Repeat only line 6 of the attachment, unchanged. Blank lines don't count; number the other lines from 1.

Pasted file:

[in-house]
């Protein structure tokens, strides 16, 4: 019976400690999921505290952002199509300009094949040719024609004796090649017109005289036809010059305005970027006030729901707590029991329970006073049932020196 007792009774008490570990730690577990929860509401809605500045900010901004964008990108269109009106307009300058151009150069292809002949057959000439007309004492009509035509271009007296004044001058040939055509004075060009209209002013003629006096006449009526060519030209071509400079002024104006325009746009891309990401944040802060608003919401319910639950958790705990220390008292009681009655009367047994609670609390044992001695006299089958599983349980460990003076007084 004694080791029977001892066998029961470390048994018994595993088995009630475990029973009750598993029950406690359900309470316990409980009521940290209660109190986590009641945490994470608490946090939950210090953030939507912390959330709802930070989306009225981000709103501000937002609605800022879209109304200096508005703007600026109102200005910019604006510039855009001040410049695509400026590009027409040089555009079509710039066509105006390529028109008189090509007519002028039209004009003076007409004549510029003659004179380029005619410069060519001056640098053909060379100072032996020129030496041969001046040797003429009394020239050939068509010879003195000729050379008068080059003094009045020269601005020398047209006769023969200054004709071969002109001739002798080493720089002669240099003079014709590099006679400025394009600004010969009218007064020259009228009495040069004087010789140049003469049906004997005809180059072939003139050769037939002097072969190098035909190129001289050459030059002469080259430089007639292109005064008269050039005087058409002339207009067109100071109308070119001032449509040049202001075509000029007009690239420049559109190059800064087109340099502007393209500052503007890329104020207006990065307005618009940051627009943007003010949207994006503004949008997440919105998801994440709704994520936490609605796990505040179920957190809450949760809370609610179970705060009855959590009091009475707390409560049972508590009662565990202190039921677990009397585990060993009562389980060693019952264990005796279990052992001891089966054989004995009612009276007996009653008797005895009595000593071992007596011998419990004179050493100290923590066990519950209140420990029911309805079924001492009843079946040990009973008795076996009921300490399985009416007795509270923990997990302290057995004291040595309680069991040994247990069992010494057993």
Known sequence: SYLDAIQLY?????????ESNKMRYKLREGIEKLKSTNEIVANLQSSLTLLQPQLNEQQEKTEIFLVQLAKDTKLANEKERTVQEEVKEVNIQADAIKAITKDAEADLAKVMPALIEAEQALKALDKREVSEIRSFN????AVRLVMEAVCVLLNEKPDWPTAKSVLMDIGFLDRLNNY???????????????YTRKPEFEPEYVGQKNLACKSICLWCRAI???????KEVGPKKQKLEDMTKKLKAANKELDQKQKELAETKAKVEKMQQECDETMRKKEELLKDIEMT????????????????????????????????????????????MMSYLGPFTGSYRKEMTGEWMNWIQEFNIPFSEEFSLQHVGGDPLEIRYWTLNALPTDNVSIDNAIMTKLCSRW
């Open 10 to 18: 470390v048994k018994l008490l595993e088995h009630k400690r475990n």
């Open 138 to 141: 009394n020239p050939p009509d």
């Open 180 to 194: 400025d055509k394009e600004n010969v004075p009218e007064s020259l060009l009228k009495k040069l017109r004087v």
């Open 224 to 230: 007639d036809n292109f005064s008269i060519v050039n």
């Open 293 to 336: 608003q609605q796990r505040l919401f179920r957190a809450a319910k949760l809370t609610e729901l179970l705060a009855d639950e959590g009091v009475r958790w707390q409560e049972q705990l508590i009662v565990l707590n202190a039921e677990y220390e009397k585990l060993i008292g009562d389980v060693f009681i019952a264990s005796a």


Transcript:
């Open 180 to 194: 400025d055509k394009e600004n010969v004075p009218e007064s020259l060009l009228k009495k040069l017109r004087v």